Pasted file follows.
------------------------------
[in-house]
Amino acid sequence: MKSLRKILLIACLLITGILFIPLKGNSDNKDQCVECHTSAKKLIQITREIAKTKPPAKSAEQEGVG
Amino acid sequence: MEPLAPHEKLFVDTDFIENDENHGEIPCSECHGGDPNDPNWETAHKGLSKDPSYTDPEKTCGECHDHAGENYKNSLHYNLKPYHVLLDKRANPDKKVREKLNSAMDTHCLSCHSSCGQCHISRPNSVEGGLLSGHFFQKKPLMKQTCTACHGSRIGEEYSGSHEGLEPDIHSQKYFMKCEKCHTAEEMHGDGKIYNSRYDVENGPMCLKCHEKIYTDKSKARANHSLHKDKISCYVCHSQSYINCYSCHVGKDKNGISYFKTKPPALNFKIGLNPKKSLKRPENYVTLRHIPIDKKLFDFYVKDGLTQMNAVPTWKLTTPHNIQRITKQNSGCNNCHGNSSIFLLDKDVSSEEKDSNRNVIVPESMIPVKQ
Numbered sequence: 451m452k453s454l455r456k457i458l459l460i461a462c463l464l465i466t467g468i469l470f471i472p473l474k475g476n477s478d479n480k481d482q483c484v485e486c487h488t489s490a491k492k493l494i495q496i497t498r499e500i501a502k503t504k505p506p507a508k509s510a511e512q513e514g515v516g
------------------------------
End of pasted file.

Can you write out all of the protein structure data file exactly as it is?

[in-house]
Amino acid sequence: MKSLRKILLIACLLITGILFIPLKGNSDNKDQCVECHTSAKKLIQITREIAKTKPPAKSAEQEGVG
Amino acid sequence: MEPLAPHEKLFVDTDFIENDENHGEIPCSECHGGDPNDPNWETAHKGLSKDPSYTDPEKTCGECHDHAGENYKNSLHYNLKPYHVLLDKRANPDKKVREKLNSAMDTHCLSCHSSCGQCHISRPNSVEGGLLSGHFFQKKPLMKQTCTACHGSRIGEEYSGSHEGLEPDIHSQKYFMKCEKCHTAEEMHGDGKIYNSRYDVENGPMCLKCHEKIYTDKSKARANHSLHKDKISCYVCHSQSYINCYSCHVGKDKNGISYFKTKPPALNFKIGLNPKKSLKRPENYVTLRHIPIDKKLFDFYVKDGLTQMNAVPTWKLTTPHNIQRITKQNSGCNNCHGNSSIFLLDKDVSSEEKDSNRNVIVPESMIPVKQ
Numbered sequence: 451m452k453s454l455r456k457i458l459l460i461a462c463l464l465i466t467g468i469l470f471i472p473l474k475g476n477s478d479n480k481d482q483c484v485e486c487h488t489s490a491k492k493l494i495q496i497t498r499e500i501a502k503t504k505p506p507a508k509s510a511e512q513e514g515v516g